A new GamesBeat event is around the corner! Learn more about what comes next.
Oh, Knack. I want to love you so much more than you’re letting me.
Amid all the other PlayStation 4 launch titles, Knack has oddly been one that Sony has pushed to the forefront. It’s been a while since the publisher last tried the whimsical, mascot-driven action platformer as a console launch title, something we haven’t seen since Crash Bandicoot was taken out behind the barn.
In fact, Knack fits many of the same tropes as Crash, but the execution in this game is thankfully much, much better on so many levels.
And although it’s several steps short of brilliance, Knack is nonetheless a solid adventure with some surprising care put into a lot of elements that most games take for granted. But as good as this gets, it’s a shame the designers couldn’t dream a little bigger.
Three top investment pros open up about what it takes to get your video game funded.
What you’ll like
Smartly paced combat
Everything in Knack revolves around relics, a mystical energy source that fuels engines, generators, and other contraptions. Wise-talking Knack himself is a living, sentient relic, but his main source of power is collecting smaller relics to bulk up his own body.
Whether Knack is big or small, he’s a powerful fighter, but his game smartly uses his Lego-like abilities to fit a variety of combat situations. Knack generally relies on his brute strength to clobber anything from tiny bugs to goblin brutes to gun-toting humans, but you’ll have to be careful to keep him from crumbling.
Early on, Knack also discovers that he can incorporate crystals, ice shards, wood logs, and even metal scrap into his body, with a quirk to every material that keeps things interesting. Ice Knack melts when exposed to the sun, Wood Knack catches on fire, Metal Knack is vulnerable to magnets, and Stealth Knack (crystal) can bypass security lasers while at risk of dying in a single hit.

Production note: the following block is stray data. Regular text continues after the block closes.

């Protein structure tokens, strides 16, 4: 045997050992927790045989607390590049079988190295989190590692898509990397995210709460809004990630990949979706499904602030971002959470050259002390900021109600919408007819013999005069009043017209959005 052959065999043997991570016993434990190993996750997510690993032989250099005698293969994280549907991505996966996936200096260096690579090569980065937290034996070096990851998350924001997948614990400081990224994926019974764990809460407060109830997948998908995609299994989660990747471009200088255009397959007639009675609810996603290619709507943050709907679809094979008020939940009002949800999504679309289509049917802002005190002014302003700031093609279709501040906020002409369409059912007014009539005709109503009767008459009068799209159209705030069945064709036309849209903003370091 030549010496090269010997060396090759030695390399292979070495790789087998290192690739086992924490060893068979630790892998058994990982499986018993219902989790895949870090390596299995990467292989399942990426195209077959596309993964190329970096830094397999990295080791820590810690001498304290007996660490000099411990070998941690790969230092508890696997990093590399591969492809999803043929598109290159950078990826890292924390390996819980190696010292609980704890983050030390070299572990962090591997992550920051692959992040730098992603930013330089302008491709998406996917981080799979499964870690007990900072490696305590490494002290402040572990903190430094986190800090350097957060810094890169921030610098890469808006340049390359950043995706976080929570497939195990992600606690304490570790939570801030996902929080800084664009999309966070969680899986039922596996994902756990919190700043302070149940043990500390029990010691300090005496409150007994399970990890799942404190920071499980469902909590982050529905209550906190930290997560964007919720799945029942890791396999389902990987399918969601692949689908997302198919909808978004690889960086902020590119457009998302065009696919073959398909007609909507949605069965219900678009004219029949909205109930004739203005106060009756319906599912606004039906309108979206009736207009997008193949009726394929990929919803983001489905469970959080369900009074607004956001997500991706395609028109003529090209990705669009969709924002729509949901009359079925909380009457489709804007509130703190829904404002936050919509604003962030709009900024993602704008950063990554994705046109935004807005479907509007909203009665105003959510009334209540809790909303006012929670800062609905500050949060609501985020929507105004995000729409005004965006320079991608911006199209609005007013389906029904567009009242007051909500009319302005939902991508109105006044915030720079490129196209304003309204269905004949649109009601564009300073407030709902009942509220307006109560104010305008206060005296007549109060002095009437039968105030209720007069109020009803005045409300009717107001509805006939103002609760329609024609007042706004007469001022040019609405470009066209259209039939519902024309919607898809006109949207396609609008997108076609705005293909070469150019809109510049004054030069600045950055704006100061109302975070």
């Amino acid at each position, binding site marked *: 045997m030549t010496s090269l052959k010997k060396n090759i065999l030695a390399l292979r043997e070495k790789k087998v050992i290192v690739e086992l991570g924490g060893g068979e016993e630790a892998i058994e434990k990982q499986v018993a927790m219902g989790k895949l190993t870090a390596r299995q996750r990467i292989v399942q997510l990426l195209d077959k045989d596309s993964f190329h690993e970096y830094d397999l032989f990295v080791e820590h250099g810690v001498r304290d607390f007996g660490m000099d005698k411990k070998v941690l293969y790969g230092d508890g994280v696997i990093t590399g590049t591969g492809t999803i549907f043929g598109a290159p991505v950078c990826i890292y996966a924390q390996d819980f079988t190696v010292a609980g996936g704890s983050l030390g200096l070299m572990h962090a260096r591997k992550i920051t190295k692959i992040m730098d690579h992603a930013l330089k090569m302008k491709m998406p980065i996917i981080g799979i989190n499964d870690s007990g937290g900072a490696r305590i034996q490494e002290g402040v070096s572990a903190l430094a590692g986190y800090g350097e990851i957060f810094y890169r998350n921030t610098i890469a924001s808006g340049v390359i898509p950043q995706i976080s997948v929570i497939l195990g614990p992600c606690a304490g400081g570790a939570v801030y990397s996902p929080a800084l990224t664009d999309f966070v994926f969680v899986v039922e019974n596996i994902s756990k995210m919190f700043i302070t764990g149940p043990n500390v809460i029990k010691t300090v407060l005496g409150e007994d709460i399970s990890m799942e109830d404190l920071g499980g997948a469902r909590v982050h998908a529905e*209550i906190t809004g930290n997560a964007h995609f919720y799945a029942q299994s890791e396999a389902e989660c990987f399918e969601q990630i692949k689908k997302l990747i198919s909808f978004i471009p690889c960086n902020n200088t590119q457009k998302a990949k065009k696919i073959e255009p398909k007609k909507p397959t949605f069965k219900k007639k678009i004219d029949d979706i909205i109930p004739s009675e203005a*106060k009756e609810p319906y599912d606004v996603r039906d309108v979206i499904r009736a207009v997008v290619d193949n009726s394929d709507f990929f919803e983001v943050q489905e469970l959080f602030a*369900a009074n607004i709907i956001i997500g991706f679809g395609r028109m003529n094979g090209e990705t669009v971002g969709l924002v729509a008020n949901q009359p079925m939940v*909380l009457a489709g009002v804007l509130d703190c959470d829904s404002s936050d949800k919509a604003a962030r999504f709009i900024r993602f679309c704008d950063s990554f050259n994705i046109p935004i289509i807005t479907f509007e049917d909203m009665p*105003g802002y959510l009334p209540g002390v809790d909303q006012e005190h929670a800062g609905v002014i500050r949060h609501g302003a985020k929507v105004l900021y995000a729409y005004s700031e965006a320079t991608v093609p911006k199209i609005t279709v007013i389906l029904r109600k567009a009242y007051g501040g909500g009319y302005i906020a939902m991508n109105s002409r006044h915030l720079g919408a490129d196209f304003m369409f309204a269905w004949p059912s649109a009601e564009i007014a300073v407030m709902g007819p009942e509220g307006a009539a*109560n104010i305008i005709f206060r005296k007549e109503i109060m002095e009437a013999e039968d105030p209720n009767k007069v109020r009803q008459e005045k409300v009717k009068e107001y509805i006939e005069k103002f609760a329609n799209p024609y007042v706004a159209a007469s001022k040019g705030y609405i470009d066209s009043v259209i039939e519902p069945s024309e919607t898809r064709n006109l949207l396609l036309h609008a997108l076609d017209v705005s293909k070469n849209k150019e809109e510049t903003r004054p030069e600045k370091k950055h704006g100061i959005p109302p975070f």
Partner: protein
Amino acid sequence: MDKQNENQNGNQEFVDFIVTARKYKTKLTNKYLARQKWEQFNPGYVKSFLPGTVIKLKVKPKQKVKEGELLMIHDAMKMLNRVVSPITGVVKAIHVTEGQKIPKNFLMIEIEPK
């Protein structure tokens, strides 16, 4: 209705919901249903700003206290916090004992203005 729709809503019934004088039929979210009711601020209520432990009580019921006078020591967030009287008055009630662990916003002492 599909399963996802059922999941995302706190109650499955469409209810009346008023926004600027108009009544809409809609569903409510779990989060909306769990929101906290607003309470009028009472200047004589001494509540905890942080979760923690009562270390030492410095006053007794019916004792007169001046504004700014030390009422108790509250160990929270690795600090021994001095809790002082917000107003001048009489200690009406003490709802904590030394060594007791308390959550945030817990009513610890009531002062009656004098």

Each form has an inventive benefit, and to Sony Japan’s credit, the studio even did a little extra by having Knack tackle lots of levels at vastly different sizes. Each encounter introduces something to keep the gameplay fresh, which is helpful in balancing the linear level design.
Most levels are big, bright, and rich in detail
Although the levels don’t offer too much room for exploration, they all look and feel distinctly different. With no backtracking and little sense of retread, you’re constantly looking forward to the next area and what new sights they’ll bring.
You also get frequent rewards for straying off the beaten path in the rare instances Knack permits it. Lots of collectibles and hidden power-ups are concealed behind not-so-easy-to-spot walls, and it’s impossible to grab everything on your first run through the game.
Good replay value
Knack can probably entice you into a second and third playthrough thanks to those hidden collectibles. Some of them are gadgets that you have to put together piece-by-piece, and others are special relics that boost Knack’s power or give him special abilities.
By far, the wisest choice for replay value is the “new game plus” option, which should make multiple runs through Knack less of a hassle. At the very least, younger kids should get a kick out of blitzing through early levels that way.
Even two-dimensional characters are likeable
Going into Knack, I didn’t expect to care about the story, but the narrative actually has some real charm. Just about everyone fits a stereotype—Knack is the mascot with attitude, and the rich guy with the goatee is evil—but the characters are fleshed out enough that they make the Disney-esque story pretty entertaining.